Climate change as an issue in the next farm bill is already causing temperatures to rise in the nation’s capital. Hoosier native and former USDA Deputy Secretary Chuck Conner believes, “that this farm bill that we’re debating in 2023, will need to be able to carry a label as the most climate-friendly bill that we have every passed in the Congress, in terms of agriculture.” Conner is currently the President & CEO of the National Council of Farmer Cooperatives.
However, incoming House Ag Chair Glenn “GT” Thompson (R-PA) – shown above at left with Rep. Jim Baird (R-IN) – sees it differently.
“We don’t need a ‘climate change title’ in the farm bill. And I’ll be honest with you, what we need to do is give credit to the American ranchers, farmers, foresters, for what they do. For too long, there’s been a bullseye right on the back of all these families that work so hard to provide us food and fiber, that says ‘climate criminal.’”
But if there’s anything farm leaders agree on, it’s conservation incentives, not dictates.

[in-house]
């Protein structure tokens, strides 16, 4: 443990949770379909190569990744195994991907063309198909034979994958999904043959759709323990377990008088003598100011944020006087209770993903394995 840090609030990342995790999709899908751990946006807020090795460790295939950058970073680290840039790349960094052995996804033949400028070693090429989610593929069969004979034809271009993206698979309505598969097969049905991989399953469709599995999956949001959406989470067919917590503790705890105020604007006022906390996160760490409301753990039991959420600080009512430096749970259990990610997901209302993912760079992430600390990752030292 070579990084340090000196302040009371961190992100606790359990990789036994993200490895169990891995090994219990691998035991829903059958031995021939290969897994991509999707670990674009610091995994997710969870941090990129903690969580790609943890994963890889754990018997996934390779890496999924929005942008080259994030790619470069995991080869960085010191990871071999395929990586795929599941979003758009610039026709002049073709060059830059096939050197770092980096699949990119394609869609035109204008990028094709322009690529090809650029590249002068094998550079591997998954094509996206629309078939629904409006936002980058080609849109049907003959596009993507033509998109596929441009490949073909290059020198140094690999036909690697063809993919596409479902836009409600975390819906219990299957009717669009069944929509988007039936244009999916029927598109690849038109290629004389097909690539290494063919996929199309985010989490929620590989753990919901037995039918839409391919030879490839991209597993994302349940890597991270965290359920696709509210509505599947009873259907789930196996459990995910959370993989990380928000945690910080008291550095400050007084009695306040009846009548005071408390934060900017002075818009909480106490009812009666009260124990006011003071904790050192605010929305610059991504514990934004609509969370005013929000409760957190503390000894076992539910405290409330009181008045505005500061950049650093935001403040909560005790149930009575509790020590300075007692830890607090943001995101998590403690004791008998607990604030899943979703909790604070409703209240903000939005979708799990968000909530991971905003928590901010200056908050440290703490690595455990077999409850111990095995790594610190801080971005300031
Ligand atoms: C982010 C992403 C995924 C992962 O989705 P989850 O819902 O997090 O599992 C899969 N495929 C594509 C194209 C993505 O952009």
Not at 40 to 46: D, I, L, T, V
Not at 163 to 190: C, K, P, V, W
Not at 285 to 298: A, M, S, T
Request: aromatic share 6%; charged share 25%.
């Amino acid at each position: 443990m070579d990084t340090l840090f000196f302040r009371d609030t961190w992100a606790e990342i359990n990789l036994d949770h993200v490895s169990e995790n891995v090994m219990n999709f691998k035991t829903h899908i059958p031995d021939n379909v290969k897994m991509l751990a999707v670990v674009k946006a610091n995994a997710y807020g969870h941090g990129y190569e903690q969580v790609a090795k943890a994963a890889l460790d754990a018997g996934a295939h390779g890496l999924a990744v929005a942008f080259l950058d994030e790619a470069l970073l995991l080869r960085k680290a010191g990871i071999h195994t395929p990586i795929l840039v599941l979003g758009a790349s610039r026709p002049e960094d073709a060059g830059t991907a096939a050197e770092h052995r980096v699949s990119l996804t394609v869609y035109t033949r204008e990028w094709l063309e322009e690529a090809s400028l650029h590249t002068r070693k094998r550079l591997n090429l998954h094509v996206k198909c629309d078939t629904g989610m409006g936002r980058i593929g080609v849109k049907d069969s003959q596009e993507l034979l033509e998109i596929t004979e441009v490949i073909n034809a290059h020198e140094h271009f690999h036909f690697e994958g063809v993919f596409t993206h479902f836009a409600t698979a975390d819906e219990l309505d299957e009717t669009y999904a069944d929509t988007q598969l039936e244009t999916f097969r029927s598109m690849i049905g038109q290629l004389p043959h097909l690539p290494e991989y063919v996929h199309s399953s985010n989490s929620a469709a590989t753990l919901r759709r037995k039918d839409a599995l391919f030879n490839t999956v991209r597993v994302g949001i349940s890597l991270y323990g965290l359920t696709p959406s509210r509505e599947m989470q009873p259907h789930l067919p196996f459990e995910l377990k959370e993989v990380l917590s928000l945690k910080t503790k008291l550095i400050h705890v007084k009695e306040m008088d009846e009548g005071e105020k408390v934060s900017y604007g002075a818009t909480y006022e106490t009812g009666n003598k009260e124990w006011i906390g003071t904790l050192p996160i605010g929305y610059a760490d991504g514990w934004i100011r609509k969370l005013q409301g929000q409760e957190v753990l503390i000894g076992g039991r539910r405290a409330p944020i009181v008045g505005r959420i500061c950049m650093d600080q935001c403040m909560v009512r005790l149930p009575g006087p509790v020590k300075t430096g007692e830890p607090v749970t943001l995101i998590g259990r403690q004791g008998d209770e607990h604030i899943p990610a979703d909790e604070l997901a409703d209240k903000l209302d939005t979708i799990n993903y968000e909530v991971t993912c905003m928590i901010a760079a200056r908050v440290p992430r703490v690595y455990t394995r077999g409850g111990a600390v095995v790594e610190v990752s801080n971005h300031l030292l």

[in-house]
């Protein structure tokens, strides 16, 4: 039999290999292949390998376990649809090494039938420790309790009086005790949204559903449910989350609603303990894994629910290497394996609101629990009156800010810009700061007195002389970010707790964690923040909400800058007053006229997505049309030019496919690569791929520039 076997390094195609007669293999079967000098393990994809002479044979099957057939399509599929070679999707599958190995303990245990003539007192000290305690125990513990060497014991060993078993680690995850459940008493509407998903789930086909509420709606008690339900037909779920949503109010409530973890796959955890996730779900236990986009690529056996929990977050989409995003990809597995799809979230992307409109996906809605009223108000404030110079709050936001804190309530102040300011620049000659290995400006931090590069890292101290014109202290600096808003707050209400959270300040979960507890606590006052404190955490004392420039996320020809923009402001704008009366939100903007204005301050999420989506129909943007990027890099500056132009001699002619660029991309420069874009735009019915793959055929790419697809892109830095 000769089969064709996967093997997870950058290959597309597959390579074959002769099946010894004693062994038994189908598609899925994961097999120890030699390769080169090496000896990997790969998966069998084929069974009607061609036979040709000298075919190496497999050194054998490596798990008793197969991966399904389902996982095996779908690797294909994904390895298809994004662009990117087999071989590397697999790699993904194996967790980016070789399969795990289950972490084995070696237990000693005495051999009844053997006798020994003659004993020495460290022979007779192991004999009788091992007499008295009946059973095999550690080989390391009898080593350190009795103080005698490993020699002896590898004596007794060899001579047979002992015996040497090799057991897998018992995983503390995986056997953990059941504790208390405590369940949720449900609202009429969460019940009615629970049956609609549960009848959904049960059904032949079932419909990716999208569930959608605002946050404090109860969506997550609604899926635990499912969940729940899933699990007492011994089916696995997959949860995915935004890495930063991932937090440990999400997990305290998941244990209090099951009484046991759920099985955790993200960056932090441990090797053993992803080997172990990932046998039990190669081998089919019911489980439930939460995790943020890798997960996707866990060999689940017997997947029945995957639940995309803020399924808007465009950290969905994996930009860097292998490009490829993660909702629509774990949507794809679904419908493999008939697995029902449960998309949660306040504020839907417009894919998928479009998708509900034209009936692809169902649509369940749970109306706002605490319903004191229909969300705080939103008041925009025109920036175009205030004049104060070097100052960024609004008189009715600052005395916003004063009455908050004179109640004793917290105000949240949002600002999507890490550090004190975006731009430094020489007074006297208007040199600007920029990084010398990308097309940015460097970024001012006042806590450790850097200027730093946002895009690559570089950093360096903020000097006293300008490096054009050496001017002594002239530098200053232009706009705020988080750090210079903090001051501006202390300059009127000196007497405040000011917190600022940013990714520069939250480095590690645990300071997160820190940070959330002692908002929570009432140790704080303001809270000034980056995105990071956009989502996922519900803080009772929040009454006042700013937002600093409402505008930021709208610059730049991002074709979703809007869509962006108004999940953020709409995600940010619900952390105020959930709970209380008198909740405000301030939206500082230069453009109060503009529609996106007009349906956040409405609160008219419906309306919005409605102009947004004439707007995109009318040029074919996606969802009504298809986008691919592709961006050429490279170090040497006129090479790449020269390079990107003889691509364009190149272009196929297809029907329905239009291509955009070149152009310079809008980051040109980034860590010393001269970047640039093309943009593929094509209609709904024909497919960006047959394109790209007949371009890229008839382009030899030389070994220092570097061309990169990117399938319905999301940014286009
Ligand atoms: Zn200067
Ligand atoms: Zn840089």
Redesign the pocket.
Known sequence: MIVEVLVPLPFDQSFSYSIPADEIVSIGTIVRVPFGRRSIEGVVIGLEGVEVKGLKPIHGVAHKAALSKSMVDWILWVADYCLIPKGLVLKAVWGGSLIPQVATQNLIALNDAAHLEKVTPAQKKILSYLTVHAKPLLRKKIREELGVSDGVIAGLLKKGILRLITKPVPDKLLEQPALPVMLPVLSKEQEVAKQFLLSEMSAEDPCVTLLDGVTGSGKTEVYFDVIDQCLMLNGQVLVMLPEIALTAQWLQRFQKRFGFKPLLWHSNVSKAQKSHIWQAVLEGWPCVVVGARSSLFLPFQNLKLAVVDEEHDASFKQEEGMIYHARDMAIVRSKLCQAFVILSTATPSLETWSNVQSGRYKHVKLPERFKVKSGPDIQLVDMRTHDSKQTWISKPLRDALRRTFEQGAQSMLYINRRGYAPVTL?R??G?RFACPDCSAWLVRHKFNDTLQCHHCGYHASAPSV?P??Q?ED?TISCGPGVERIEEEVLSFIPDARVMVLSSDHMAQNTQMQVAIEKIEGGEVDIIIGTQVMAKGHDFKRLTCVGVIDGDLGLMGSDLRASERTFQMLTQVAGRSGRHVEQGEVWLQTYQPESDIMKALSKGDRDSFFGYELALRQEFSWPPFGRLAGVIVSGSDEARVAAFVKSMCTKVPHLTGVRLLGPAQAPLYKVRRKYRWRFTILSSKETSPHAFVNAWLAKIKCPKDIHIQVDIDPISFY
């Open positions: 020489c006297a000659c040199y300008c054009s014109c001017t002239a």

“Let the innovators compete, let them go after it and do what they want, it’s not ‘one size fits all,’ it gives them a shot to do it,” says former Farm Service Agency chief, Jonathan Coppess. “We’re not going to, sort of, shoehorn a set of policies across the entire space. What we’re talking about, is really the option at the farm level. And if you want to chase a climate market, here’s a backstop to help you do so.”
The Inflation Reduction Act has some $16 billion for conservation programs like EQIP, CSP and RCCP, but Coppess says it’s not free money.
“This would require eliminating some of the spending from the Inflation Reduction Act, as an offset, because we increased spending somewhere else.”
But Coppess admits the final decision is up to the Congressional Budget Office, while Connor predicts a “heavy, heavy lift” for the next farm bill, even without the climate debate.
Source: NAFB News Service